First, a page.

;Check the list type:
    If "1245678"'[Type Quit

    ;For numeric types, use an error trap to check validity
    If Type>2,$ListGet(List,Item)

    ;If Index plus length of this item adds up to end of string,
    ; this is a list:
    If Index+ItemLength-1=ListLength Set IsList=1 Quit
    Set Index=Index+ItemLength
  }

  Quit IsList

Error
  Quit 0
}

Background

Caché lists do not use delimiters to separate items; instead, they store information about the length and type of a list item along with the actual data. Lists of more than one item are therefore equivalent to the concatenation of single-item lists with the same contents.

Structure of a list

The basic structure of a list is either:

1 byte length of item (including overhead)
1 byte type of item (see below)
variable item data

(for items of 253 characters or less in length), or:

1 byte binary 0
1 byte type of item (see below)
2 bytes length of item (including overhead) - 3
variable item data

List types

List types can be one of those described below. Note that this list is reverse-engineered, more types may be possible; specifically, I wonder if type 3 is perhaps an UTF-16BE encoded string. Also note that the descriptions of the format are based on testing on Intel Pentium (i.e., little-endian) hardware; I don't have access to a big-endian machine with Caché, so I can't test list contents there.

1 A string
2 A Unicode string (UTF-16LE encoded); see the Wikipedia on UTF-16.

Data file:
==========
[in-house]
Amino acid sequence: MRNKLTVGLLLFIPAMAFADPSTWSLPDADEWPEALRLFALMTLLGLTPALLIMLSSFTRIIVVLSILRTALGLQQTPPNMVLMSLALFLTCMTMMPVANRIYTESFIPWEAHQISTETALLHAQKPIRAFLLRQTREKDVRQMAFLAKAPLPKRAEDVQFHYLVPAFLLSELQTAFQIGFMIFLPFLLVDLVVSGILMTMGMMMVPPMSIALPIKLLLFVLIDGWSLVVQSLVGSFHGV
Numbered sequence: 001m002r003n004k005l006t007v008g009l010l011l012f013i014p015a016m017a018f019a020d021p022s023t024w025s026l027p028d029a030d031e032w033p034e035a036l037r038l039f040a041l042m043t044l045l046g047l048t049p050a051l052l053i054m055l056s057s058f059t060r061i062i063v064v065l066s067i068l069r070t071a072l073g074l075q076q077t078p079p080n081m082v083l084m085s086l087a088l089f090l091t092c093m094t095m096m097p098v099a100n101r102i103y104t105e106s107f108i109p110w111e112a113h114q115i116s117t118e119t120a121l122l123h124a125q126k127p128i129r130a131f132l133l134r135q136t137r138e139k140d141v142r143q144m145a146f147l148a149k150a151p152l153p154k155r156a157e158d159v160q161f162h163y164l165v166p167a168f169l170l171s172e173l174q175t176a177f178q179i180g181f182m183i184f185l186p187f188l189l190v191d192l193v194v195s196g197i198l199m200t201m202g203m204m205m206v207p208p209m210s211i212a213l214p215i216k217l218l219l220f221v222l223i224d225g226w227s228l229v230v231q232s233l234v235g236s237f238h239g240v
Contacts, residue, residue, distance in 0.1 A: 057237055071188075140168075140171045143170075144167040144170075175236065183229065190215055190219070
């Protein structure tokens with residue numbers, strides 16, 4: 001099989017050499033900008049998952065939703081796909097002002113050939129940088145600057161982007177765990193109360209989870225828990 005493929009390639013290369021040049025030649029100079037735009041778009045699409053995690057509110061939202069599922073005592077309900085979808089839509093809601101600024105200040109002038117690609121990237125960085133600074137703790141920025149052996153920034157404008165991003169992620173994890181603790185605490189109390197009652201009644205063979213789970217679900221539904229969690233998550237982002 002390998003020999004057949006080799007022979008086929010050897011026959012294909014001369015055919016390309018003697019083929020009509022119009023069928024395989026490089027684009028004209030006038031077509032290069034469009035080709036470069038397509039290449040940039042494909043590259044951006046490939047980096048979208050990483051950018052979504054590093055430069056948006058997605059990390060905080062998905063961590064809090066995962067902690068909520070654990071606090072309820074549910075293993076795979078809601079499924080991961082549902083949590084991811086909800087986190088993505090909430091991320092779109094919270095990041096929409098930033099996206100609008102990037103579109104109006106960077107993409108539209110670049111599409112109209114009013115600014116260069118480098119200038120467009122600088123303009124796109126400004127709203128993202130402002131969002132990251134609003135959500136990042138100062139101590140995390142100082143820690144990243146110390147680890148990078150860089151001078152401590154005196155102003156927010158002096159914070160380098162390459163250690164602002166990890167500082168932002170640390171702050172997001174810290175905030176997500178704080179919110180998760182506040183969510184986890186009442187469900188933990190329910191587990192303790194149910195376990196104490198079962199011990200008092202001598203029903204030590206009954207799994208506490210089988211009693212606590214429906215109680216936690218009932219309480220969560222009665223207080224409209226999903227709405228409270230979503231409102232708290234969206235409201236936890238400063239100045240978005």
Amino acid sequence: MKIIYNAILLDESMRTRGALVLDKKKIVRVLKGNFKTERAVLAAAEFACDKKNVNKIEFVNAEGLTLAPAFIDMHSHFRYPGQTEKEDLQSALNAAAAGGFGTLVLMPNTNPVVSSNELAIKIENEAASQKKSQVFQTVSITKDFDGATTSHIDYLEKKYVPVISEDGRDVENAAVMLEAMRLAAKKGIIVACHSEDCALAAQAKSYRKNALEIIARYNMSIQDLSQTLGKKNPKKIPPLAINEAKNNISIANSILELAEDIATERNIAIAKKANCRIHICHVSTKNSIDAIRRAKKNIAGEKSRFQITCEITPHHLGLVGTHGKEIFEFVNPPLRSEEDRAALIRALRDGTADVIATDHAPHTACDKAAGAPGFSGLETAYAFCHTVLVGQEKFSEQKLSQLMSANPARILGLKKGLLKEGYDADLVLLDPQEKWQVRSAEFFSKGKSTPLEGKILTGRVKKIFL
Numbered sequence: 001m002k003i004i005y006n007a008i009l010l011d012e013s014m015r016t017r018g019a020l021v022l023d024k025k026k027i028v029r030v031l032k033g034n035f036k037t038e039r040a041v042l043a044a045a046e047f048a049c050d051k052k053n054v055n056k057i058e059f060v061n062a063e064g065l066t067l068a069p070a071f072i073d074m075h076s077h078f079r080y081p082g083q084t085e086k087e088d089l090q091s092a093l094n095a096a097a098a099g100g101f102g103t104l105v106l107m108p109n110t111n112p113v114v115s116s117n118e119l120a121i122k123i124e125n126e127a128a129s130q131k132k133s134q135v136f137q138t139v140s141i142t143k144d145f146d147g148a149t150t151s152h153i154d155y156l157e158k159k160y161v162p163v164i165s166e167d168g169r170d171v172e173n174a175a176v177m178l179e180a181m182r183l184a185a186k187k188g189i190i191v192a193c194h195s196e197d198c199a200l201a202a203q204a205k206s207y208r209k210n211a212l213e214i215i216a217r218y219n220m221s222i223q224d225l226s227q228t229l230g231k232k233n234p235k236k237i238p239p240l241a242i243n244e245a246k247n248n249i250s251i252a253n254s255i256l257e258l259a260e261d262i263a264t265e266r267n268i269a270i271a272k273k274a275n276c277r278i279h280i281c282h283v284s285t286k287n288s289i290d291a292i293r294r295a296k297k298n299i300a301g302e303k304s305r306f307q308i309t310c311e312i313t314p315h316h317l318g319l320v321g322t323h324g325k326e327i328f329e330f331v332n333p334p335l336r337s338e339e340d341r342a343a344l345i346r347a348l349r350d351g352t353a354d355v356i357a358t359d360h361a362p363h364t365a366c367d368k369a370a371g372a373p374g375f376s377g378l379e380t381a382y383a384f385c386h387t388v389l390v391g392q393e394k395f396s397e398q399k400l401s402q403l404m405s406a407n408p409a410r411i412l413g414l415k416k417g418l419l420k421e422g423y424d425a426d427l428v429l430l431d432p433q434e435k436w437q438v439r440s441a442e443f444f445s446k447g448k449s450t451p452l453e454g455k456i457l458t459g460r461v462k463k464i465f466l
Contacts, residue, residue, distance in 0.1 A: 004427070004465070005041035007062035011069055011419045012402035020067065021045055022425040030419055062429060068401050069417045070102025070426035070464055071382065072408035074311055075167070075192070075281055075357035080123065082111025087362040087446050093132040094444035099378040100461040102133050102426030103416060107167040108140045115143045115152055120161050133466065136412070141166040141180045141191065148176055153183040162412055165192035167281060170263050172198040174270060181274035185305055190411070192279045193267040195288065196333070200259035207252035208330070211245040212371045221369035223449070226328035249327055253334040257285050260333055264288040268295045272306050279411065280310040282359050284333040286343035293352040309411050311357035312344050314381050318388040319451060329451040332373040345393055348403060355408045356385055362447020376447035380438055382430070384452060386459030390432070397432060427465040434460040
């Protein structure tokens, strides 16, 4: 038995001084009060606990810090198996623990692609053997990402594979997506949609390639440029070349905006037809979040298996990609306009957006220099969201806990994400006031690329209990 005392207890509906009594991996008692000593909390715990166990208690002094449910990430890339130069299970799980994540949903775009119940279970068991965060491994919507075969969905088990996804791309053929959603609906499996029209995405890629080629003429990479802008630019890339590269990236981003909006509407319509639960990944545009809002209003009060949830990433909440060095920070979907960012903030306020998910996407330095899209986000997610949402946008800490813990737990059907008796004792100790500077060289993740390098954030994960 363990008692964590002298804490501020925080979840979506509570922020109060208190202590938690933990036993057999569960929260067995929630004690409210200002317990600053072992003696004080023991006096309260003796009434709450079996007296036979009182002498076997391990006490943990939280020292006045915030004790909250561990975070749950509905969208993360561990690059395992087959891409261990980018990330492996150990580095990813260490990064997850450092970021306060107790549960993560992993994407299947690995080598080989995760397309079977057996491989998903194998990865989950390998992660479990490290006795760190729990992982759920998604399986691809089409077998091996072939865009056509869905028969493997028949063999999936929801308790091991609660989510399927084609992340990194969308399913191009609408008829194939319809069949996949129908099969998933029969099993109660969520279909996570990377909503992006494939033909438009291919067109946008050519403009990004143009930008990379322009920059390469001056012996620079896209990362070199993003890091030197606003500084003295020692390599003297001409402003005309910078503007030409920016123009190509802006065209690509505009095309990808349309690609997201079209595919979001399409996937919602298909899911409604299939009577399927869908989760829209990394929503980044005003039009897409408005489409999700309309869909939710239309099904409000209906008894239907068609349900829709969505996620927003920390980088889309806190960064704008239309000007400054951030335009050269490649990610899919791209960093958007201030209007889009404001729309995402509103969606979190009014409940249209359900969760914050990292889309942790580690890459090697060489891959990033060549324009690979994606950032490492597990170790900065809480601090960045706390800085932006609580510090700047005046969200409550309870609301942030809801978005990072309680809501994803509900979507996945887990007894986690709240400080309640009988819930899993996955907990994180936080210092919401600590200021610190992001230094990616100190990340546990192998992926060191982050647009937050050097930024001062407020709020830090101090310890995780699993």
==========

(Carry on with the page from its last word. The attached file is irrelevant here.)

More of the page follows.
4 A positive integer (stored in binary form, little endian, leading zeroes stripped)
5 A negative integer, (stored in binary form, little endian, leading -1 bytes stripped)
6 A positive floating point number
7 A negative floating point number
8 A 64-bit IEEE floating point number, as created by $Double()

The integer and floating point types store the data in binary format, not as a string. As far as I know, this is the only place where Caché visibly distinguishes between different data types (apart from objects in Caché 5+). I have not examined exactly how floating point values are stored. Note that a list item containing another list has no special type (as far as I could determine), i.e. it is stored as a string (type 1).

Null items

A null item is a list item that is present but has no contents. It is defined by a single binary 1, i.e. a list item of length one.

%Status

Finding out if a variable contains a %Status is easy once the problem of determining if something is a %List is solved. A %Status is either a "1" (for success), or a string "0 " (zero,space) followed by a list of lists; each inner list item represents an error, and must contain four items. The first of those is the error code, the second through fourth are optional parameters to the error, and are present as null items if not applicable. In code:

IsStatus(Status)
  New Item,i,Result

  If Status="1" Quit 1
  If $Extract(Status,1,2)'="0 " Quit 0
  Set Status=$Extract(Status,3,$Length(Status))
  If '$$IsList(Status) Quit 0
  Set Result=1
  For i=1:1:$ListLength(Status) {
    Set Item=$List(Status,i)
    If '$$IsList(Item) Set Result=0 Quit
    If $ListLength(Item)'=4 Set Result=0 Quit
  }
  Quit Result

License

The code and information presented on this page is written by Gertjan Klein, and placed in the public domain; it can be used freely by anyone for any purpose.